The Association Education Alliance, a collective of 40+ wholesaler-distributor trade associations, commissioned a report on behalf of its distribution association members to identify challenges and best practices in talent acquisition. The analysis and recommendations provided in the following article are based on interviews with distributors, HR and education experts, as well as results from an online survey of about 190 distributors and manufacturers. Member associations have access to the full report.
Where a decade ago, many workers were desperate to find jobs, recruiters and employers now find themselves in heated competition for workers, a reflection of a low overall nationwide unemployment rate of 3.7%, according to the July 2019 report from the Bureau of Labor Statistics. In late 2018, the recruiting software provider Jobvite called 2018 a “tipping point” for recruiters struggling to fill jobs, and called on them to re-evaluate recruiting methods.
At a time when many economists and political and civic leaders bemoan the disappearance of good-paying manufacturing jobs, many in North America may be surprised to learn that many distributors and manufacturers have jobs to fill and consider the lack of qualified, skilled job candidates a serious challenge, or even a crisis.
Yet the data is clear.
By 2018, the manufacturing sector alone reported 508,000 open jobs, according to research conducted by Deloitte and The Manufacturing Institute. The Deloitte research projects there will be 4.6 million manufacturing jobs to fill by 2028, with only 2.2 million of those jobs likely to be filled.
What’s driving the labor shortage?
While the data and projections remain bleak, the factors cited as major contributors to the labor shortage have shifted.
In 2015, mass Baby Boomer retirement was blamed as the major culprit in the labor shortage, according to the Deloitte study. Indeed, AARP estimates that 10,000 people in the United States turn 65 every day, a trend that will continue until 2030. Nevertheless, by 2018, retirement had dropped to No. 3. The top two reasons that emerged in the interim were: technology changes and misconceptions about the manufacturing industry.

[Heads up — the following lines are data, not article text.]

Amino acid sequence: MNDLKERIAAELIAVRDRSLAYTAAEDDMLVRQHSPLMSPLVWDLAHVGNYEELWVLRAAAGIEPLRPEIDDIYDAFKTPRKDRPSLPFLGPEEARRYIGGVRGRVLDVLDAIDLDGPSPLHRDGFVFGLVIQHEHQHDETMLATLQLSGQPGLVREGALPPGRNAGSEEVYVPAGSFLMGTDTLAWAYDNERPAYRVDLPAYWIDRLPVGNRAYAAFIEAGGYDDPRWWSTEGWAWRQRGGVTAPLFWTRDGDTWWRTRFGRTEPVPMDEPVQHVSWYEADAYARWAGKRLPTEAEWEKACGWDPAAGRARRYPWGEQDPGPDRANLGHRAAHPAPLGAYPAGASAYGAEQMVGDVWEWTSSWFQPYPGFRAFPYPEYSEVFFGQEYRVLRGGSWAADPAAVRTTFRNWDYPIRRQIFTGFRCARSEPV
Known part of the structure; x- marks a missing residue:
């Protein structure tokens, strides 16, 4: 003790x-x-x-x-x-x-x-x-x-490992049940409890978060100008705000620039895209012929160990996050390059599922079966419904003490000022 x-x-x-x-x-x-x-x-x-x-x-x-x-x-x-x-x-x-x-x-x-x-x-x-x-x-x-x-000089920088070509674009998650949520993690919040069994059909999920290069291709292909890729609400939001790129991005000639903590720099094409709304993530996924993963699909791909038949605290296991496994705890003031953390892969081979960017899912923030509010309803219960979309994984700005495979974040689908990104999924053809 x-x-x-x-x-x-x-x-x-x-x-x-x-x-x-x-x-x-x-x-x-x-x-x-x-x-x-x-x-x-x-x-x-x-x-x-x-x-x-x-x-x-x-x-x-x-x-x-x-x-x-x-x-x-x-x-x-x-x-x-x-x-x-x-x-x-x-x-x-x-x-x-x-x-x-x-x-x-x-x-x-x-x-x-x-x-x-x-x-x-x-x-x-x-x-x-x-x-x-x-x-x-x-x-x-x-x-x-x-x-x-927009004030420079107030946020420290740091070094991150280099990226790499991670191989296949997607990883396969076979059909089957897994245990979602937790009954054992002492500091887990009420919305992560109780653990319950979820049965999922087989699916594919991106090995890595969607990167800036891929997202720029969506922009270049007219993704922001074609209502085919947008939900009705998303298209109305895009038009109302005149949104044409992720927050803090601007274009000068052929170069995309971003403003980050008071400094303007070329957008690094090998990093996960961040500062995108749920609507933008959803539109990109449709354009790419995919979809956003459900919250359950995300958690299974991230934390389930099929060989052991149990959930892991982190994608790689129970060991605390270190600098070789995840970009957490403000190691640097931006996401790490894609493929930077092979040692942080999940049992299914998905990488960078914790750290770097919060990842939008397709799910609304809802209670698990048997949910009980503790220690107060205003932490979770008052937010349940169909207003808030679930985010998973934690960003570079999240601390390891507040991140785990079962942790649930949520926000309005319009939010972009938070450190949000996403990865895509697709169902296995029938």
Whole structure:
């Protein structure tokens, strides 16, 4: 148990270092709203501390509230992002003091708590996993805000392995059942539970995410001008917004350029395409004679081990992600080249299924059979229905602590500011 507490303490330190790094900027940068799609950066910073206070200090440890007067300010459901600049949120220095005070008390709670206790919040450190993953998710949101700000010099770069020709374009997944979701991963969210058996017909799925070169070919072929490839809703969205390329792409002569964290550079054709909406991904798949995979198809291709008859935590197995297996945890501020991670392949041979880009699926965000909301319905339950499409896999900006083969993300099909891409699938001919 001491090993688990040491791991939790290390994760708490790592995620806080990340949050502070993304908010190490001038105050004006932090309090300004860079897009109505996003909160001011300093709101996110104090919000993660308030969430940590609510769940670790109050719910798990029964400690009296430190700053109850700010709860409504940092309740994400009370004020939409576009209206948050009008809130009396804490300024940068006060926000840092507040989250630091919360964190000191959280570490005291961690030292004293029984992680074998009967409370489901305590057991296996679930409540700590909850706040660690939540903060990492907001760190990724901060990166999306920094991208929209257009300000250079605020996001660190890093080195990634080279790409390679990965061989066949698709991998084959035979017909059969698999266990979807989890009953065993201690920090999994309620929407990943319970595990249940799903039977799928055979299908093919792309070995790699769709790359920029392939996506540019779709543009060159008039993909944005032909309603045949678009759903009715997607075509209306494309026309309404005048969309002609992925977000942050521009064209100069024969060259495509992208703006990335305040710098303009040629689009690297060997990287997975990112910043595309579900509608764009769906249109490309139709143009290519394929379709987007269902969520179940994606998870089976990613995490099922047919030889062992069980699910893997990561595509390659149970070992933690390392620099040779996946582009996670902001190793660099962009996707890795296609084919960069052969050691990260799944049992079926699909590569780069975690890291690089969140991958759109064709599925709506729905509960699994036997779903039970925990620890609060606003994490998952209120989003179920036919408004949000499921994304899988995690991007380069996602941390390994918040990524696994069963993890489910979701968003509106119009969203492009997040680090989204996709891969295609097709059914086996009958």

As distributors adapt to and try to remain competitive in the so-called Fourth Industrial Revolution, they must increasingly embrace technologies such as artificial intelligence, robots, the Internet of Things and machine learning. That has created an accompanying shift in the skills and experience distributors value most in prospective employees.
According to the Deloitte research, the most coveted and necessary skills today involve computer and technology experience, skills for programming automation and critical thinking.
The third most-commonly cited reason, the perception of the industry, is something Tom Newell, regional vice president of EMCO Corp., an Ontario-based distributor of plumbing, HVAC and refrigeration, waterworks and industrial material, is familiar with.
“There is so much pressure we put on kids to get white-collar jobs and pursue professional or post-secondary education, which for many is a waste of money and time,” he says. “Parents don’t want their kids doing ‘dirty work.’”
But the technical revolution means that few distribution or manufacturing jobs today involve the back-breaking, heavy-lifting labor associated with those industries in the past. While that could potentially make distribution and manufacturing jobs more attractive, greater automation means more complex jobs, and employers are demanding workers with a growing assortment of highly technical skills — a factor that further restricts the available labor pool.
What’s Working and What’s Not
Through outreach to distributors for this research, we found that most are using a combination of tried-and-true methods — from online job boards and professional recruiters to incentives for employee referrals and social media. And those approaches are generating mixed results.
The most commonly cited means of searching for employees in the AEA survey was online job boards. More than 88% said they used those, but they were also the tactic most often cited as not helpful.
Few respondents cited college campus recruiting as a good source of new employees, but Bruce Passmore, region manager, HVACR Canada East at EMCO Corp., considers college campuses one of his company’s most fertile recruiting territories.